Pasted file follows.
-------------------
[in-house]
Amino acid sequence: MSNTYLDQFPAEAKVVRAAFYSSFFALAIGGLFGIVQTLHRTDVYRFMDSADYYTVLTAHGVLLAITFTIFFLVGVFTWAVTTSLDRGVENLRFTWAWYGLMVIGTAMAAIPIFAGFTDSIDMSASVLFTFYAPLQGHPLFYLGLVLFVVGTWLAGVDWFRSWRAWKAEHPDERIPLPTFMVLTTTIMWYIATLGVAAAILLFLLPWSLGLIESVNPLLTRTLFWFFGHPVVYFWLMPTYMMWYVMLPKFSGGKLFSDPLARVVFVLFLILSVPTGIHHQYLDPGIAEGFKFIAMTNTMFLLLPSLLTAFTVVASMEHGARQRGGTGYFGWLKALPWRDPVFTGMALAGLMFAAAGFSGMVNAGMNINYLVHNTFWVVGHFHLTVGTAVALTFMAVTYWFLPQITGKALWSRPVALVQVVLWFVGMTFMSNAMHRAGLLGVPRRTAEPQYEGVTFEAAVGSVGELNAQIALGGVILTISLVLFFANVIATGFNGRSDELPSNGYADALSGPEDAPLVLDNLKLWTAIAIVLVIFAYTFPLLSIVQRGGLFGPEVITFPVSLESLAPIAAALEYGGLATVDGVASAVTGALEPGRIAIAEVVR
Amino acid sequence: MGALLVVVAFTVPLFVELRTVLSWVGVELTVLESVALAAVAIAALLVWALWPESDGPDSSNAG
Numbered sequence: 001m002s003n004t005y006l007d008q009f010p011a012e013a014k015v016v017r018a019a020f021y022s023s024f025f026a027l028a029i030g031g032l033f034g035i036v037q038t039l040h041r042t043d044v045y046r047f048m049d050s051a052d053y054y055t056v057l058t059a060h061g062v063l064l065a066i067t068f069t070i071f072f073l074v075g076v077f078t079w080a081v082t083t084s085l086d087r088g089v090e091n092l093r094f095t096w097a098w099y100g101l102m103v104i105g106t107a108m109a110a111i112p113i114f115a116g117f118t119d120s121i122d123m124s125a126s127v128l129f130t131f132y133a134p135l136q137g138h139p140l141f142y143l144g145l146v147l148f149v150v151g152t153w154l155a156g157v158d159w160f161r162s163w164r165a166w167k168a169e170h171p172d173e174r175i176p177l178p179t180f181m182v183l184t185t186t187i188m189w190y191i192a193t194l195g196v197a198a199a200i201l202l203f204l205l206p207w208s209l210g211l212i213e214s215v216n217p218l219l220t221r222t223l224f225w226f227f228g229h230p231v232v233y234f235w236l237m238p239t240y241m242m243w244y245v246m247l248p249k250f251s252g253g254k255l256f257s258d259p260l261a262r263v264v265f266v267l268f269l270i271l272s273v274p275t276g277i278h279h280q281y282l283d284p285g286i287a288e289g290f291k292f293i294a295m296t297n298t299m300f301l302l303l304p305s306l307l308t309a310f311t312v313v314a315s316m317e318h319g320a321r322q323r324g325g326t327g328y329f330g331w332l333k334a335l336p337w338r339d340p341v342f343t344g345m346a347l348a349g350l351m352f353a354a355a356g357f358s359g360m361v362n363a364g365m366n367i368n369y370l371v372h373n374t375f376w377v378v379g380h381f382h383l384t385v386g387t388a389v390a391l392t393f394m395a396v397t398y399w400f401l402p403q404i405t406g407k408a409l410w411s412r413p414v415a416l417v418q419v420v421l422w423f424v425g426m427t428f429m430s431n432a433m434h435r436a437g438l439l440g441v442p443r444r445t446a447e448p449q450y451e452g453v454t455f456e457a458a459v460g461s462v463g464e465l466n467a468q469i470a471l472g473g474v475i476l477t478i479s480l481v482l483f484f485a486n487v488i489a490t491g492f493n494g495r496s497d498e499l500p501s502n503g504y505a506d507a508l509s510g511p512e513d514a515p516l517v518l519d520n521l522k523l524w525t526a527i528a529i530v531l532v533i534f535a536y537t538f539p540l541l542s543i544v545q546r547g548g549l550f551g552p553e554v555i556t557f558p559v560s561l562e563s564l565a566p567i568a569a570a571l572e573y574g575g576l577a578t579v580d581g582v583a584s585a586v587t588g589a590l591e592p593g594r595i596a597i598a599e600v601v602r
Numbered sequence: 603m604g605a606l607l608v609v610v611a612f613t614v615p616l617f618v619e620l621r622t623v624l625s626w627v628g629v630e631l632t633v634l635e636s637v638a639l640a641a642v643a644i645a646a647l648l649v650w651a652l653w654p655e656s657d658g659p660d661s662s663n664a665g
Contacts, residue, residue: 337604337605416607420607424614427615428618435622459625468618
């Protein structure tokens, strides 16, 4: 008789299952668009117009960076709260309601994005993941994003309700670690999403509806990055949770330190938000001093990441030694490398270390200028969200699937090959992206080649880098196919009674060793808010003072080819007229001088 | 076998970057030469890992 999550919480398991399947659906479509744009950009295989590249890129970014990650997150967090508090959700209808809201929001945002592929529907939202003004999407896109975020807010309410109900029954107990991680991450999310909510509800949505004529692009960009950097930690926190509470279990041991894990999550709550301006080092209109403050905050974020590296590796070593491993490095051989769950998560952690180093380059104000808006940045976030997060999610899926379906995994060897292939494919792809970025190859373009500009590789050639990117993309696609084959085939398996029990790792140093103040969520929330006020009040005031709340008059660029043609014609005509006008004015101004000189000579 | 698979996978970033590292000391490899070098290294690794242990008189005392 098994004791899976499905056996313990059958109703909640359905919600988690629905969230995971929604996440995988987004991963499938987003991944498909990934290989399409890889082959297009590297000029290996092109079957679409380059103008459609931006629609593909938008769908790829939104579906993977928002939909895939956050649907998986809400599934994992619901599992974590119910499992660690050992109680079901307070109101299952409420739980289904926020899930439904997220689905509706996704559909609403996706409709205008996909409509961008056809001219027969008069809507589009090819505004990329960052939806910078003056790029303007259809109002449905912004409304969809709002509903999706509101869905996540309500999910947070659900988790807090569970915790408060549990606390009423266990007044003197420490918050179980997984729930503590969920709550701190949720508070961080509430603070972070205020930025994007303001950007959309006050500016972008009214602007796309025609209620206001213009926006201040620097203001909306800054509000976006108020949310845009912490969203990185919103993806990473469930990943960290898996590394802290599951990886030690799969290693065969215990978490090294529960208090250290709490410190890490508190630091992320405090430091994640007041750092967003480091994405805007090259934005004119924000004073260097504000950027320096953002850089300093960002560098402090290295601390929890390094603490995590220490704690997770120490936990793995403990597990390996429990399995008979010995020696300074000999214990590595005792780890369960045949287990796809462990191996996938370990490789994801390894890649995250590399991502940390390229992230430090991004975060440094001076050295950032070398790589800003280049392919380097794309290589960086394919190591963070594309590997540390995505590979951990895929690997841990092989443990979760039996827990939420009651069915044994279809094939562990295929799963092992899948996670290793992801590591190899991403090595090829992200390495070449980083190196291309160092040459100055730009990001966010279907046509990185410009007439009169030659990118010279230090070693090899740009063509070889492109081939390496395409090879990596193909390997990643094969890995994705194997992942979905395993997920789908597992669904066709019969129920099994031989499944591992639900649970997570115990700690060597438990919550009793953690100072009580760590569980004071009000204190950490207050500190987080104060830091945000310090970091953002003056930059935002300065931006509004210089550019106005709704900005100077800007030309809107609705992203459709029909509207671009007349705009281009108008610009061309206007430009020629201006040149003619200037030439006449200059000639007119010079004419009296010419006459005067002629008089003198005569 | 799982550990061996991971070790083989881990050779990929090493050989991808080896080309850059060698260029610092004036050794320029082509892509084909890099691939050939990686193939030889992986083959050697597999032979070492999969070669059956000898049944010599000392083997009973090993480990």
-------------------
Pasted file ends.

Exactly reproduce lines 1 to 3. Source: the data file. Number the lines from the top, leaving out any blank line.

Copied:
[in-house]
Amino acid sequence: MSNTYLDQFPAEAKVVRAAFYSSFFALAIGGLFGIVQTLHRTDVYRFMDSADYYTVLTAHGVLLAITFTIFFLVGVFTWAVTTSLDRGVENLRFTWAWYGLMVIGTAMAAIPIFAGFTDSIDMSASVLFTFYAPLQGHPLFYLGLVLFVVGTWLAGVDWFRSWRAWKAEHPDERIPLPTFMVLTTTIMWYIATLGVAAAILLFLLPWSLGLIESVNPLLTRTLFWFFGHPVVYFWLMPTYMMWYVMLPKFSGGKLFSDPLARVVFVLFLILSVPTGIHHQYLDPGIAEGFKFIAMTNTMFLLLPSLLTAFTVVASMEHGARQRGGTGYFGWLKALPWRDPVFTGMALAGLMFAAAGFSGMVNAGMNINYLVHNTFWVVGHFHLTVGTAVALTFMAVTYWFLPQITGKALWSRPVALVQVVLWFVGMTFMSNAMHRAGLLGVPRRTAEPQYEGVTFEAAVGSVGELNAQIALGGVILTISLVLFFANVIATGFNGRSDELPSNGYADALSGPEDAPLVLDNLKLWTAIAIVLVIFAYTFPLLSIVQRGGLFGPEVITFPVSLESLAPIAAALEYGGLATVDGVASAVTGALEPGRIAIAEVVR
Amino acid sequence: MGALLVVVAFTVPLFVELRTVLSWVGVELTVLESVALAAVAIAALLVWALWPESDGPDSSNAG